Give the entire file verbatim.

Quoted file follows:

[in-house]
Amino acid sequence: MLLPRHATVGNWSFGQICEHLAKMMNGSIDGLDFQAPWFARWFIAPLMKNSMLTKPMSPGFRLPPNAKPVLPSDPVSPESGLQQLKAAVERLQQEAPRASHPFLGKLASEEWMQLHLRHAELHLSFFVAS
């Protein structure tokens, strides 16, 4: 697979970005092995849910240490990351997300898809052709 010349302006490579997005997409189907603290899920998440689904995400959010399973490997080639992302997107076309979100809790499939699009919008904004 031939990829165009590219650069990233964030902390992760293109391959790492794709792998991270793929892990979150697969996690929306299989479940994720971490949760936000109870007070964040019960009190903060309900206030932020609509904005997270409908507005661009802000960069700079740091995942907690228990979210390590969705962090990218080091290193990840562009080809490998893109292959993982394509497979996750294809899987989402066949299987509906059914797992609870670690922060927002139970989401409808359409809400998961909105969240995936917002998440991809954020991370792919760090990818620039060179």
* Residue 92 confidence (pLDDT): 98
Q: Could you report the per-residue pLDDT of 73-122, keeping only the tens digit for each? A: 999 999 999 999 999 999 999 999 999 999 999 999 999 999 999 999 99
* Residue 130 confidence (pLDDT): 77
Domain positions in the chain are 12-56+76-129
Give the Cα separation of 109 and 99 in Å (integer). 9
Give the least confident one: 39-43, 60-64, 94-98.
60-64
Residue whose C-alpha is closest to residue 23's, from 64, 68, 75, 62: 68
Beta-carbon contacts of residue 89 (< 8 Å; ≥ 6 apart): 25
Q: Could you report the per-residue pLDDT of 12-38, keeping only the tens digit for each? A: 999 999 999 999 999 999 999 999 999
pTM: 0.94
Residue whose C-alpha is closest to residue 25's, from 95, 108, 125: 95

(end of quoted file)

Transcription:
[in-house]
Amino acid sequence: MLLPRHATVGNWSFGQICEHLAKMMNGSIDGLDFQAPWFARWFIAPLMKNSMLTKPMSPGFRLPPNAKPVLPSDPVSPESGLQQLKAAVERLQQEAPRASHPFLGKLASEEWMQLHLRHAELHLSFFVAS
């Protein structure tokens, strides 16, 4: 697979970005092995849910240490990351997300898809052709 010349302006490579997005997409189907603290899920998440689904995400959010399973490997080639992302997107076309979100809790499939699009919008904004 031939990829165009590219650069990233964030902390992760293109391959790492794709792998991270793929892990979150697969996690929306299989479940994720971490949760936000109870007070964040019960009190903060309900206030932020609509904005997270409908507005661009802000960069700079740091995942907690228990979210390590969705962090990218080091290193990840562009080809490998893109292959993982394509497979996750294809899987989402066949299987509906059914797992609870670690922060927002139970989401409808359409809400998961909105969240995936917002998440991809954020991370792919760090990818620039060179």
* Residue 92 confidence (pLDDT): 98
Q: Could you report the per-residue pLDDT of 73-122, keeping only the tens digit for each? A: 999 999 999 999 999 999 999 999 999 999 999 999 999 999 999 999 99
* Residue 130 confidence (pLDDT): 77
Domain positions in the chain are 12-56+76-129
Give the Cα separation of 109 and 99 in Å (integer). 9
Give the least confident one: 39-43, 60-64, 94-98.
60-64
Residue whose C-alpha is closest to residue 23's, from 64, 68, 75, 62: 68
Beta-carbon contacts of residue 89 (< 8 Å; ≥ 6 apart): 25
Q: Could you report the per-residue pLDDT of 12-38, keeping only the tens digit for each? A: 999 999 999 999 999 999 999 999 999
pTM: 0.94
Residue whose C-alpha is closest to residue 25's, from 95, 108, 125: 95